A comedian who said local officials pressured a New Jersey venue into canceling his show fears the government will abuse its power to censor comics.
“We’ve gone from liberal activists convincing business owners not to host us all the way to city government officials essentially racketeering and threatening the venue owners if they’re willing to allow us to perform and speak,” a Los Angeles-based comedian, Josh Denny, told Fox News. Cancel culture will “come for the comedians first, and then everyone else is going to be at the mercy of people abusing their office as a power to exercise their own political beliefs,” Denny said.
The Williams Center in Rutherford, New Jersey, canceled Denny’s Nov. 10 comedy show hours before the start time. Mayor Frank Nunziato said in a statement that the police believed “the event had the potential for confrontation” and that it was canceled after “after discussions with the owner.”
Denny said any violent threats came from anonymous Twitter users.
“This is cyberterrorism,” he told Fox News. “The reason it’s effective is because everybody is afraid.”
The Los Angeles comedian, who’s touring with Anthony Cumia and Proud Boys founder Gavin McInnes, said four venues canceled on their tour over fear of violence from locals who find their humor offensive or object to their political beliefs. While the Proud Boys have been frequently tied to violence and were involved with the Jan. 6, 2021, attack on the Capitol, Denny said there weren’t any physical incidents at any of the nine performances during the tour.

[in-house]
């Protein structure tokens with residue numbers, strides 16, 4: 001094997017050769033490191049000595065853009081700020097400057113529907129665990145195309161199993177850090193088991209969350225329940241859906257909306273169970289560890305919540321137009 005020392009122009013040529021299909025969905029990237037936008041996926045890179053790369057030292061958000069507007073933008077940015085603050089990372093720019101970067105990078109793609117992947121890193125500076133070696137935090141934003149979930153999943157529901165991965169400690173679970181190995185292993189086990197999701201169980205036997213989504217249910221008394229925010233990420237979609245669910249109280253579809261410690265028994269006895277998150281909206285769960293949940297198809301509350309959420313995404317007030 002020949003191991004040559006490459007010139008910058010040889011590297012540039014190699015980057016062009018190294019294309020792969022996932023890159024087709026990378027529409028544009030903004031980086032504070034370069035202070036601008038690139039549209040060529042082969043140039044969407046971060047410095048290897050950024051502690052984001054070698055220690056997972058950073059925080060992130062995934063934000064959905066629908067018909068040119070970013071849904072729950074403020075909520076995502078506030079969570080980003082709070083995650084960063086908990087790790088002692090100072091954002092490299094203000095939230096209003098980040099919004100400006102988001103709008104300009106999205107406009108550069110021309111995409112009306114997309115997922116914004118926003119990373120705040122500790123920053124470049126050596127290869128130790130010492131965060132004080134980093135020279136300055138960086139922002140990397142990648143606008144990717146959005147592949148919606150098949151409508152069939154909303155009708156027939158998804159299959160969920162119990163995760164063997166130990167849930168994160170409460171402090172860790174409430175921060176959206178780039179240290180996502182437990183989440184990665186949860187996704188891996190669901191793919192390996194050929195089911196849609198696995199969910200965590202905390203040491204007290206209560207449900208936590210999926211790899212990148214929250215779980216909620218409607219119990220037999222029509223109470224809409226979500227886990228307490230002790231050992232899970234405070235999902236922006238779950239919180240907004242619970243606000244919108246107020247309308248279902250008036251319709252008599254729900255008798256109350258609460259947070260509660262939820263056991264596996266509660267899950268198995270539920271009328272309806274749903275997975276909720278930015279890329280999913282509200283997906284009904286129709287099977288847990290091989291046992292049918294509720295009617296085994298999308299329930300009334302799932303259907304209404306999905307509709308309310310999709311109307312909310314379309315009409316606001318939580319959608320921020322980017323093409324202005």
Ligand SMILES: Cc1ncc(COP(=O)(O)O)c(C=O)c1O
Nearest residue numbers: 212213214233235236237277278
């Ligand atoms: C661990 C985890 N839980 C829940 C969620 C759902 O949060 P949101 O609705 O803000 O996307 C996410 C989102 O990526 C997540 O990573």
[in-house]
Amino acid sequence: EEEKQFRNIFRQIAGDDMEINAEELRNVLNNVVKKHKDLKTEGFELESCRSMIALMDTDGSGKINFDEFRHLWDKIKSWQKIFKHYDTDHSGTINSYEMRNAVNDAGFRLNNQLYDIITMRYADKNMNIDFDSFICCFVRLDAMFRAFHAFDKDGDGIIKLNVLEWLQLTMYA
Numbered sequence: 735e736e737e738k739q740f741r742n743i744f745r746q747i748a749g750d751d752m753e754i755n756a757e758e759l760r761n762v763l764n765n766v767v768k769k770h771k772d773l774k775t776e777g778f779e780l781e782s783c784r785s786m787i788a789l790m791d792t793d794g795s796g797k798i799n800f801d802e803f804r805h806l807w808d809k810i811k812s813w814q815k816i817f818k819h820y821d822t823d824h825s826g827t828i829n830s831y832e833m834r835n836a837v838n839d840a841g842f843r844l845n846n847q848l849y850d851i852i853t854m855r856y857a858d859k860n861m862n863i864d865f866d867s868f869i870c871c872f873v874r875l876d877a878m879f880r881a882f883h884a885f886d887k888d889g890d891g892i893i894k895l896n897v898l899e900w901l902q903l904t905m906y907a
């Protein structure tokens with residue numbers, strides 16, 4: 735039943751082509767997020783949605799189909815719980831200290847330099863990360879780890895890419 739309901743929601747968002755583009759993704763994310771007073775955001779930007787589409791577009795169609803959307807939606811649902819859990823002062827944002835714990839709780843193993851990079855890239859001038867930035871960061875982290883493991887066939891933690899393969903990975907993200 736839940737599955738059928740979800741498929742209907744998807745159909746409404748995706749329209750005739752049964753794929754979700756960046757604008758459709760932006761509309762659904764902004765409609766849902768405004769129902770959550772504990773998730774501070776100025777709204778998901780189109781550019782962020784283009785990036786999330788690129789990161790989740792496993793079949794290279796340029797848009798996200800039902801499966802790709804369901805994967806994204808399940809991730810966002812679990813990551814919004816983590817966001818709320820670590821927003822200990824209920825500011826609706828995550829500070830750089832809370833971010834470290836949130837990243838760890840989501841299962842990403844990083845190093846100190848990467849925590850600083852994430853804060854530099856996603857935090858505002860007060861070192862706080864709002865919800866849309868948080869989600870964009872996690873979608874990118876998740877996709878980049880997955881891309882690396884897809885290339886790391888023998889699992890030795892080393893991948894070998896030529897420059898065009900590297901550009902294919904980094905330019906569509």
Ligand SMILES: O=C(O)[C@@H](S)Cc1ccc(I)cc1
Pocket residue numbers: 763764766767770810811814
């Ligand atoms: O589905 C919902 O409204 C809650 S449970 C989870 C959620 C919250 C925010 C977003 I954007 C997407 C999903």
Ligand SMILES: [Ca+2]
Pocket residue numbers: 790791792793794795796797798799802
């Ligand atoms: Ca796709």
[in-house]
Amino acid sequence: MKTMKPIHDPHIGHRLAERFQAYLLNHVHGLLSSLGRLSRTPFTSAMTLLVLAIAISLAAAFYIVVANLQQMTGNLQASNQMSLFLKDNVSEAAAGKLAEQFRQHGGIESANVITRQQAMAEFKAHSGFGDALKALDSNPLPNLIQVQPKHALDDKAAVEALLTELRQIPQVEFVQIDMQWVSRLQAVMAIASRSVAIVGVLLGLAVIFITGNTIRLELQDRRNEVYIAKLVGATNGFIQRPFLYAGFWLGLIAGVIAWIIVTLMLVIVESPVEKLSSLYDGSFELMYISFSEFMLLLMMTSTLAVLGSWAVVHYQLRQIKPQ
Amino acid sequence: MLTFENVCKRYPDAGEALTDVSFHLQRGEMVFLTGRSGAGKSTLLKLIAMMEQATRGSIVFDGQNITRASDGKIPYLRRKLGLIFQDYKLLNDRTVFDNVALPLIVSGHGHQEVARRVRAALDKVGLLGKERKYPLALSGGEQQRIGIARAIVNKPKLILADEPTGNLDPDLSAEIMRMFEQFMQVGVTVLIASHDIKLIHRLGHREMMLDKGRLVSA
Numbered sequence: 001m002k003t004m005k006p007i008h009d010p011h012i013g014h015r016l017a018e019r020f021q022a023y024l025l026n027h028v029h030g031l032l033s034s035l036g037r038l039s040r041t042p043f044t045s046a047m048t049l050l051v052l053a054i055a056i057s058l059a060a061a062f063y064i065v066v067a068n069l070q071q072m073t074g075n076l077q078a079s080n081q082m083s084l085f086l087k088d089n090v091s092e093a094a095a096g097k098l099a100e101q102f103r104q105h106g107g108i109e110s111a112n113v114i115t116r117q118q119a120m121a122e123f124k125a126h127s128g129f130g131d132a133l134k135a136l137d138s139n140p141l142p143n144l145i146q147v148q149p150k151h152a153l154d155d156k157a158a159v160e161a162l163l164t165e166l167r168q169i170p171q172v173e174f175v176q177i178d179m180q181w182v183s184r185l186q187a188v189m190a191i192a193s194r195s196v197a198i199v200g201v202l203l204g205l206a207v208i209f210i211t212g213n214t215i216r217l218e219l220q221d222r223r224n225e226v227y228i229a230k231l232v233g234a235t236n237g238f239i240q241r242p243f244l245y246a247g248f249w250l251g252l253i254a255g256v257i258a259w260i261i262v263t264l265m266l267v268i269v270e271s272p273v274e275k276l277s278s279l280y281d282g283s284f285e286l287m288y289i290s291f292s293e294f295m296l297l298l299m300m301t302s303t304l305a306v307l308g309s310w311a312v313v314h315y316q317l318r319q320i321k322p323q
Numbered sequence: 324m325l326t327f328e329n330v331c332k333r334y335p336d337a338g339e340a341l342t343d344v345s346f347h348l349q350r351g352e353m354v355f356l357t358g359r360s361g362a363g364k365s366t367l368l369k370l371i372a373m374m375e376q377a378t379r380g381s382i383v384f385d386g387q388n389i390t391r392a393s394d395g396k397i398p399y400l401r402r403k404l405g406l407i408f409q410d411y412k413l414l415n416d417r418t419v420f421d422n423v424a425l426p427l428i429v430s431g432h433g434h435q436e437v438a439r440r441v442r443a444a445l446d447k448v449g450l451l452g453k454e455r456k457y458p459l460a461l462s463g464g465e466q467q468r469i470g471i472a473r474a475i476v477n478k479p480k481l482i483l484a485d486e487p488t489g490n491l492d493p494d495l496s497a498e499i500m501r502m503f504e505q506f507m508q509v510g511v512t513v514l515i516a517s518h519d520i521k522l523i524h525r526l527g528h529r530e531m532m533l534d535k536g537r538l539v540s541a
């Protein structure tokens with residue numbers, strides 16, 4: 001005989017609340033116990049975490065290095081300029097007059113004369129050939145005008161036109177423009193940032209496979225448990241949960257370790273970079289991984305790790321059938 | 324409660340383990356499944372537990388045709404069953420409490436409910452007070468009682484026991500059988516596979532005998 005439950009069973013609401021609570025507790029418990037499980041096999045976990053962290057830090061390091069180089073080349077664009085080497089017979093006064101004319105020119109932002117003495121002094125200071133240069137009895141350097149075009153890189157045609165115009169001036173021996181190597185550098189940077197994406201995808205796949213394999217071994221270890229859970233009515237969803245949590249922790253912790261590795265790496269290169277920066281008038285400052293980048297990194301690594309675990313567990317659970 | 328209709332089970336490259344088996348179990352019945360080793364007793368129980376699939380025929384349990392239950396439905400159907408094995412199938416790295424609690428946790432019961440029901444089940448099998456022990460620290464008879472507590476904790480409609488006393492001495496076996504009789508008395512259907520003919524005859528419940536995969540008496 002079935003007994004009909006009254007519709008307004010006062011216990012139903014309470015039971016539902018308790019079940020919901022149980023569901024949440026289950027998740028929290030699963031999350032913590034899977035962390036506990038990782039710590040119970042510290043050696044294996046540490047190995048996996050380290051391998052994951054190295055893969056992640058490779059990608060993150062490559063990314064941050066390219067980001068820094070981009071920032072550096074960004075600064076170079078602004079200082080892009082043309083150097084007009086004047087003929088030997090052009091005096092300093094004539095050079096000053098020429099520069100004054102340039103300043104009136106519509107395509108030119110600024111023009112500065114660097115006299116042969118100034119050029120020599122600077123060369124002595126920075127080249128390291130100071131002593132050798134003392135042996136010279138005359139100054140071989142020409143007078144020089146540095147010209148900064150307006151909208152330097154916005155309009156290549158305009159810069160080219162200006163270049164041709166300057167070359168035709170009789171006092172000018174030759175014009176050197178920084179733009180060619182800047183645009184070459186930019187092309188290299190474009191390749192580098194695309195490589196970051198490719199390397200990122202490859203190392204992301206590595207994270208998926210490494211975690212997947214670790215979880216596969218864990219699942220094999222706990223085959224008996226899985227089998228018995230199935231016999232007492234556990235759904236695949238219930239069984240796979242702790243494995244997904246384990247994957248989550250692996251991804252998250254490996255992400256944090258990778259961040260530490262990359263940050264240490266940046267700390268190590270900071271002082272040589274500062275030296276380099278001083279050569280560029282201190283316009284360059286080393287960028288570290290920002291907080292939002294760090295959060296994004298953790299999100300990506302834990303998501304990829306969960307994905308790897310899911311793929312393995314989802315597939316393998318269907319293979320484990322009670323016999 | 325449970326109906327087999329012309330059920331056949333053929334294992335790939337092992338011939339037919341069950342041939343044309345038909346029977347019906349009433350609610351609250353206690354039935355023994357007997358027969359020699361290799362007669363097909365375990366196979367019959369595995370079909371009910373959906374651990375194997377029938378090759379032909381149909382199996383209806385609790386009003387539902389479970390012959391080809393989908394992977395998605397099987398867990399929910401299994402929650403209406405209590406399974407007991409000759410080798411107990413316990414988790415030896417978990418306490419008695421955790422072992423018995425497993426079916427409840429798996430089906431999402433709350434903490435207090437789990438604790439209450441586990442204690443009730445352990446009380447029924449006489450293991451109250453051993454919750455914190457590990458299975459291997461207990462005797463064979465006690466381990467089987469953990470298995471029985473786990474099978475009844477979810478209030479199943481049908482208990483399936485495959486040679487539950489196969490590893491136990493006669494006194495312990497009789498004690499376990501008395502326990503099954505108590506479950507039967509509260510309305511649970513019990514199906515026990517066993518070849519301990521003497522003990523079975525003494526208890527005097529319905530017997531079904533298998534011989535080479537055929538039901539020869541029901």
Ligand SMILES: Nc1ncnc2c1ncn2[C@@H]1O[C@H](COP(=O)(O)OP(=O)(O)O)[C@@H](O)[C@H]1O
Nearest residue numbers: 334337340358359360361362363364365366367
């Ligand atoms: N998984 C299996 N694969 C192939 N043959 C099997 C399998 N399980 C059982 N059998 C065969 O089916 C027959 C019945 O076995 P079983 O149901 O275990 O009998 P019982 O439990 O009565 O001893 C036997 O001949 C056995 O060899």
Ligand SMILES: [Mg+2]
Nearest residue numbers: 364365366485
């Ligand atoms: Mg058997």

McInnes has threatened to sue Rutherford for the canceled event.
People “can just call free speech hate speech and have people’s civil rights removed,” Denny said. “The concept of hate speech is one of the worst marketing that we’ve allowed to happen in America because anybody can sort of label ideas they don’t like as hate speech.”
Comedians have faced increased scrutiny in recent years, with critics arguing that humor they consider offensive is hate speech, while supporters argue that such expressions of free speech are an essential part of the industry. Most notably, Dave Chappelle has met significant backlash for jokes about the transgender community, particularly those made in his Netflix special, “The Closer.”
Denny previously told Fox News that the people trying to censor comedians were a small and overpronounced group of critics, but some comedians and business owners disappointed him the last few months by giving into the pressure and fearmongering.
“The so-called truth tellers are now playing to the man,” Denny said. “I’m sort of done giving my peer comedians a pass when they sort of sit on their hands and don’t speak about this when it happens.”
“If you’re not willing to be uncomfortable to fight for the America we want to live in, I don’t have any time for you, and we are not on the same team,” he added.
The police department declined to comment. Neither the mayor’s office nor the Williams Center immediately responded to a request for comment.